Maybe it's time to bring back the working class heroine.
OK, she went to Wellesley and Yale Law School, but Hillary Clinton turned out to be a world-class campaigner when it came to lunch-bucket Democrats, the ones who seem to be eluding Barack Obama.
The race is just too close for comfort if you're a Democrat. The president's popularity is lower than the stock market, gas prices are sky high, houses are falling to foreclosure as if they were, literally, a house of cards, banks are shaky, job losses climb and health care is a mess.
This should be prime time for Democrats. But Barack Obama isn't closing the deal. His nearly flawless trip abroad should have given him a huge bump in the polls, but the presidential race is tightening, even with a lackluster performance by McCain.
Barack's doing well with Hispanics, the young, affluent liberals and many women. But in the swing states, the Republican attempt to paint him as just too different -- too elite, too Harvard, too confident, too thin, and a little bit too Muslim -- seems to be working.
Even the so-called liberal media, apparently cowed by attacks from the right, seem to be letting McCain get away with uproarious gaffes while buying into the "Is Barack too presumptuous?" storyline, It's absurd, of course. If McCain could have gathered those crowds in Berlin, he'd have been jetting over there faster than you could say Sieg Heil!"
He can't get such adoring throngs, of course, of course, so his campaign has been giving us Barack as Britney, an empty celebrity. One McCain ad even depicted Barack as Moses (AKA Charton Heston) raising his staff to part the Red Sea. Not the kind of guy who can walk into a bar and ask for a Bud, the ad suggests.
So here's where Hillary comes in. She plays well in swing states, the ones where the old Reagan Democrats could make the difference. She looks comfortable standing in the bed of a pickup truck or belting down a whiskey in a bar. People believe her when she says, as Bill famously did, that she feels their pain. She could be the beer to Barack's champagne, the apple pie to his arugula.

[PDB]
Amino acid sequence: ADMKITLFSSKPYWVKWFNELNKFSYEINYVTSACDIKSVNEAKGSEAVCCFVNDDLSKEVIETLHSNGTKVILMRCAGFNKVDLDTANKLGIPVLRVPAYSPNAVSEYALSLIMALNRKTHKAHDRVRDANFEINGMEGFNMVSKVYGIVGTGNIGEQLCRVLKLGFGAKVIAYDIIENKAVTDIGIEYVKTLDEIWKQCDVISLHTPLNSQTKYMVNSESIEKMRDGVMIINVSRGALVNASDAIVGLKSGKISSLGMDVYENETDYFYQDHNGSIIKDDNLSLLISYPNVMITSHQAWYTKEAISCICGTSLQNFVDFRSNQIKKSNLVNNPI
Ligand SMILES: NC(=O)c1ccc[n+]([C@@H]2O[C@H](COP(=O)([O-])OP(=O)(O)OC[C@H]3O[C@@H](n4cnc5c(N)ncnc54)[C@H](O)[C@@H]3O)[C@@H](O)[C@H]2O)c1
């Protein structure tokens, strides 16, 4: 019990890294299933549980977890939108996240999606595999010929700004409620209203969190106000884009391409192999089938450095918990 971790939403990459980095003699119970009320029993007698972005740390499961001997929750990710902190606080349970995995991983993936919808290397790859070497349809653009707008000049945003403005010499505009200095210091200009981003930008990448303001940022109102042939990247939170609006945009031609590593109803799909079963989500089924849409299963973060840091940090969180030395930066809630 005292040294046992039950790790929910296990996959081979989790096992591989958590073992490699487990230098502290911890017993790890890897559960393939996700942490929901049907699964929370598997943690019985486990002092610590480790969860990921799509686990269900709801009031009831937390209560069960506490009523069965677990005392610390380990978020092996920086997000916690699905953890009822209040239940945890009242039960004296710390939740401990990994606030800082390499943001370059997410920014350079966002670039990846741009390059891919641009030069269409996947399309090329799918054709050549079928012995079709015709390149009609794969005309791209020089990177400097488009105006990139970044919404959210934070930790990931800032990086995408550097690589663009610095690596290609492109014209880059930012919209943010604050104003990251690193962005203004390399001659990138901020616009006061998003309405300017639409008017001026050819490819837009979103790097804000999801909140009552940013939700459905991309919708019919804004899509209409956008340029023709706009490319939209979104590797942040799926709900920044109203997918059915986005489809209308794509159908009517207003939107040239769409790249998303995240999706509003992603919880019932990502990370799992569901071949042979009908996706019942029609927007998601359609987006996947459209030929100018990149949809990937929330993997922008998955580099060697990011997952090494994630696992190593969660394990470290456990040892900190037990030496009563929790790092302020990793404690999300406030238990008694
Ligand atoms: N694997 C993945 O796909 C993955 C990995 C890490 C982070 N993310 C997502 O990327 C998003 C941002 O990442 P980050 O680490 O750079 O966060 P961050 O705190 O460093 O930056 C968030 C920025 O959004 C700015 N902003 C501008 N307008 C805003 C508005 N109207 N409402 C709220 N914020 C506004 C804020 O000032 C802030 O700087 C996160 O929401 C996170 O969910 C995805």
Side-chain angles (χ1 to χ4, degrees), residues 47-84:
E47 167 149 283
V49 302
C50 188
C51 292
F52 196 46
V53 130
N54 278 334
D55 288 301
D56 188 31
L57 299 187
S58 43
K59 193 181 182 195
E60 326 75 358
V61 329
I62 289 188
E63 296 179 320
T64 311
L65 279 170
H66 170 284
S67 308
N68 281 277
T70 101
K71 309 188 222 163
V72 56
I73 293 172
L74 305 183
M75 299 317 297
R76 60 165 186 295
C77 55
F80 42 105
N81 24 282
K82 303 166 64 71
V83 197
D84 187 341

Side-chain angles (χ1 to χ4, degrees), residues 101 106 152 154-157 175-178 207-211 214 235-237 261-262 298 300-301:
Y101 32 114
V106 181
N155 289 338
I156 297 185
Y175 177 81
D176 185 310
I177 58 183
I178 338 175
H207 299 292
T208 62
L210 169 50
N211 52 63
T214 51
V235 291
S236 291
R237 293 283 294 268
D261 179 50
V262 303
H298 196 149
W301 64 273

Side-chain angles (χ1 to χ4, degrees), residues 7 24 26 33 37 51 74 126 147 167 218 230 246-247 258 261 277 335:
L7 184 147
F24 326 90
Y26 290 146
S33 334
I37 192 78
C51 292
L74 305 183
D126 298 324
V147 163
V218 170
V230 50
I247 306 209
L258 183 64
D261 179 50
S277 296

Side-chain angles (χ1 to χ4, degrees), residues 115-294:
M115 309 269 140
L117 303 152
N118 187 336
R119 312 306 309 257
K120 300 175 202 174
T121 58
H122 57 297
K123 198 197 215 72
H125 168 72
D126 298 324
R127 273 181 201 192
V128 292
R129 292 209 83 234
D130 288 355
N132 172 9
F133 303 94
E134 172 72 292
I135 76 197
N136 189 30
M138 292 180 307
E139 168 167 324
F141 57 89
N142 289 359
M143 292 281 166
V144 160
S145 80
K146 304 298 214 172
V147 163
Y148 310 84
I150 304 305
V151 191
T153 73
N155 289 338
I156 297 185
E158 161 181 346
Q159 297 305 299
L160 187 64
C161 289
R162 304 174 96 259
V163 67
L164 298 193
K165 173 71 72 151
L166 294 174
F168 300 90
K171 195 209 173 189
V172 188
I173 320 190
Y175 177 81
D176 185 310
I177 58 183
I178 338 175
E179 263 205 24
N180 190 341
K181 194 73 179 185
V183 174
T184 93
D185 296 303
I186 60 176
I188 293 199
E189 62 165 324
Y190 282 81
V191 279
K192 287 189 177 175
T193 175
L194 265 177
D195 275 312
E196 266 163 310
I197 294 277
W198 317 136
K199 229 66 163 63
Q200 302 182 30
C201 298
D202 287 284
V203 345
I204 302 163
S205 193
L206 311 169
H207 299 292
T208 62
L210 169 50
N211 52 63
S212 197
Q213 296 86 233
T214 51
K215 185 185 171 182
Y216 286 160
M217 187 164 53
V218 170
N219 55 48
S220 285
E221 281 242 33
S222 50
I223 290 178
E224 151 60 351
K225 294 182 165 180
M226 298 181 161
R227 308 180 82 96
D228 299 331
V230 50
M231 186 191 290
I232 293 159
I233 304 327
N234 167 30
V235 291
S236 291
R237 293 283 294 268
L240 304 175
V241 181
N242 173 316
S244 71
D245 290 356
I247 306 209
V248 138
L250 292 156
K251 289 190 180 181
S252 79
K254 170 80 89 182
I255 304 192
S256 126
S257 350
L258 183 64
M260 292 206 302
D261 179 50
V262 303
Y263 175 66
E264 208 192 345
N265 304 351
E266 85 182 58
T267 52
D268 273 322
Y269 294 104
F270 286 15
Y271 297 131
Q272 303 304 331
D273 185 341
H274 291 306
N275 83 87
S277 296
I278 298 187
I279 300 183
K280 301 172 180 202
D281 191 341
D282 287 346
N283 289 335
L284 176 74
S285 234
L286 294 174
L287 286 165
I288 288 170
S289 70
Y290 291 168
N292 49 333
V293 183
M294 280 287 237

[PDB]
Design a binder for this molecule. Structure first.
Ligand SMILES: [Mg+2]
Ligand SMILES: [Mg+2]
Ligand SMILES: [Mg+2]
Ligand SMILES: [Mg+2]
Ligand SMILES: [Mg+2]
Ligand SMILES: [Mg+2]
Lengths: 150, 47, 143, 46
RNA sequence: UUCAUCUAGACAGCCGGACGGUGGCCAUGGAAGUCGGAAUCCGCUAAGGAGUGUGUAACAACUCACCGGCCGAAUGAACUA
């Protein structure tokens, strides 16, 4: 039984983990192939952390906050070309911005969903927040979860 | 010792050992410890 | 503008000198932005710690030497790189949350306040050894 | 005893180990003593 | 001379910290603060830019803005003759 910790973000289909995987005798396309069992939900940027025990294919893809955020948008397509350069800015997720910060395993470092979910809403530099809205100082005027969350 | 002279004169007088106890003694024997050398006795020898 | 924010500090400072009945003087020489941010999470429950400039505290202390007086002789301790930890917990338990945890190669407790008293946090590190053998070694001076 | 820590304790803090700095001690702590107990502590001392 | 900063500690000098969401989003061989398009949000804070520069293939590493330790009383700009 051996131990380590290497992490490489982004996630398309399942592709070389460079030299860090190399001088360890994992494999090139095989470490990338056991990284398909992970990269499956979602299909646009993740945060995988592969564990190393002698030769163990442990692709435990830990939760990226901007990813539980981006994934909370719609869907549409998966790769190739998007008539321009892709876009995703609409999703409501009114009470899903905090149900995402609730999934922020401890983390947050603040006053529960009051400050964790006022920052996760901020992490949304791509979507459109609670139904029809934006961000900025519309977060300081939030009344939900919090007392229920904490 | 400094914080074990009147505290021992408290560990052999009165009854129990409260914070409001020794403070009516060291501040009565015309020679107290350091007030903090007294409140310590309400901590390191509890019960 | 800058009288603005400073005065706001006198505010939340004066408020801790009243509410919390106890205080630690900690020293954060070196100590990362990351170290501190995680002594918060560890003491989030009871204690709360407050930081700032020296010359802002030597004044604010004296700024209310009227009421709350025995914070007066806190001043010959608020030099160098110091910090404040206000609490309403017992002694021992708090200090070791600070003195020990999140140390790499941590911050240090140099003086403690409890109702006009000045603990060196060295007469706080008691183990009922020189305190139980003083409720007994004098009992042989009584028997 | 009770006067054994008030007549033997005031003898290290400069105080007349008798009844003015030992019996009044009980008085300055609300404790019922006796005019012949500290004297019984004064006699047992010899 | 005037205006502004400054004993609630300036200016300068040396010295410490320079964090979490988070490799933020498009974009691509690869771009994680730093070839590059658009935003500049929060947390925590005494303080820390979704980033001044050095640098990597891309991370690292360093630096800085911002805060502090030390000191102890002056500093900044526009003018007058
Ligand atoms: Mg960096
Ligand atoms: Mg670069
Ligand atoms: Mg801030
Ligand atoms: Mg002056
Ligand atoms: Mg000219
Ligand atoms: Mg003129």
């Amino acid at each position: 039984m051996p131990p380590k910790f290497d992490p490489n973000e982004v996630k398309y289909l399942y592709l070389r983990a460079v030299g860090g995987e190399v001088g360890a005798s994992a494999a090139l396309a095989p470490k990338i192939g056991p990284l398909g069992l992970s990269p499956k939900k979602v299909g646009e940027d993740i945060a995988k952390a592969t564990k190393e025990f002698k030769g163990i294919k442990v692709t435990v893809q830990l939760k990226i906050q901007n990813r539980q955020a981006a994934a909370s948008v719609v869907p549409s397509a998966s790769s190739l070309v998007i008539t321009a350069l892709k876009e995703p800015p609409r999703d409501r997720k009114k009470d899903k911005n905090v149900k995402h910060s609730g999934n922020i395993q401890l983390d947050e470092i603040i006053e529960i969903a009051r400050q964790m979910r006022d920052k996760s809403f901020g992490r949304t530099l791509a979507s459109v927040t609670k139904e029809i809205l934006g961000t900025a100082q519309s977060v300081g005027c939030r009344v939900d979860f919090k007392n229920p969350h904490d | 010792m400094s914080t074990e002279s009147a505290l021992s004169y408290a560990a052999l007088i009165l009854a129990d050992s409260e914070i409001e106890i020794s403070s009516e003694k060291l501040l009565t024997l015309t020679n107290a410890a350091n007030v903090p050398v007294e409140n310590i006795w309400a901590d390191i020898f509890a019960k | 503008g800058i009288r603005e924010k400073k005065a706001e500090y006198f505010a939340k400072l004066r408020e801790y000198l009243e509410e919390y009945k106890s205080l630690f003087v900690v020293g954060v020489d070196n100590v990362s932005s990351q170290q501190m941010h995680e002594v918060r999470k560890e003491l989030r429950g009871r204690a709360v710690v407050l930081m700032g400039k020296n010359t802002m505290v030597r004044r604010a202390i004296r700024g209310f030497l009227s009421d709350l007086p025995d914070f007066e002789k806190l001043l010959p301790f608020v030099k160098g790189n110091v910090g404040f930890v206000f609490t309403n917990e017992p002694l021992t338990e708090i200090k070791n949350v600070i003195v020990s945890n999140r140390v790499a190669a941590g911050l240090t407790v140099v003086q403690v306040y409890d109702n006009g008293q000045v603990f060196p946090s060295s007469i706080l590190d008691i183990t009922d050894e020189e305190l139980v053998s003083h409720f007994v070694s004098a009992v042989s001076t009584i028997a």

And she could sink her teeth into John McCain's ankles. Ask Hillary to be your attack dog, and she'll give it all she's got. Can you see Evan Bayh doing that?
If Barack is a little too unfamiliar to Americans voters, too different, too remote, well, Hill and Bill are the exact opposite. We know everything about them, the good and the bad, and maybe that's somehow comforting. And they are certainly very very popular among many voters.
Though Bill didn't turn out to be a great asset in Hillary's campaign, he can still be a whiz on the trail when he puts his mind to it, and maybe Barack does need a Bubba to offset his elite image. Send Bill to Arkansas, to Virginia, to North Carolina, to West Virginia -- he'll get you votes.
Let's face it, there is no other veep candidate who would give Barack Obama more sizzle, more excitement than Hillary Clinton. I mean, the woman got eighteen million voles in the primary, and singlehandedly brought back the pantsuit (the latter may have been harder than the former).
Sure, I understand all the arguments about why, if you are elected president, you might not want Hill and Bill living right down the street at the vice president's mansion. Just who would be running the country anyhow?
But to run the country, you have to get elected. Obama's campaign is not exactly on fire. Put Hillary on the ticket, and you have the dream team to rival Tracy and Hepburn. Not only the first African American and the first woman, but two superstars in their own right, and more sheer brainpower than you could hope for (and won't that be a change in the White House?) It would be an unexpected move that would be bold, daring, and, just maybe, very, very savvy.
Or, as Variety would put it,"Boffo."
Boston University journalism professor Caryl Rivers is the author of Selling Anxiety: How the News Media Scare Women (University Press of New England.)
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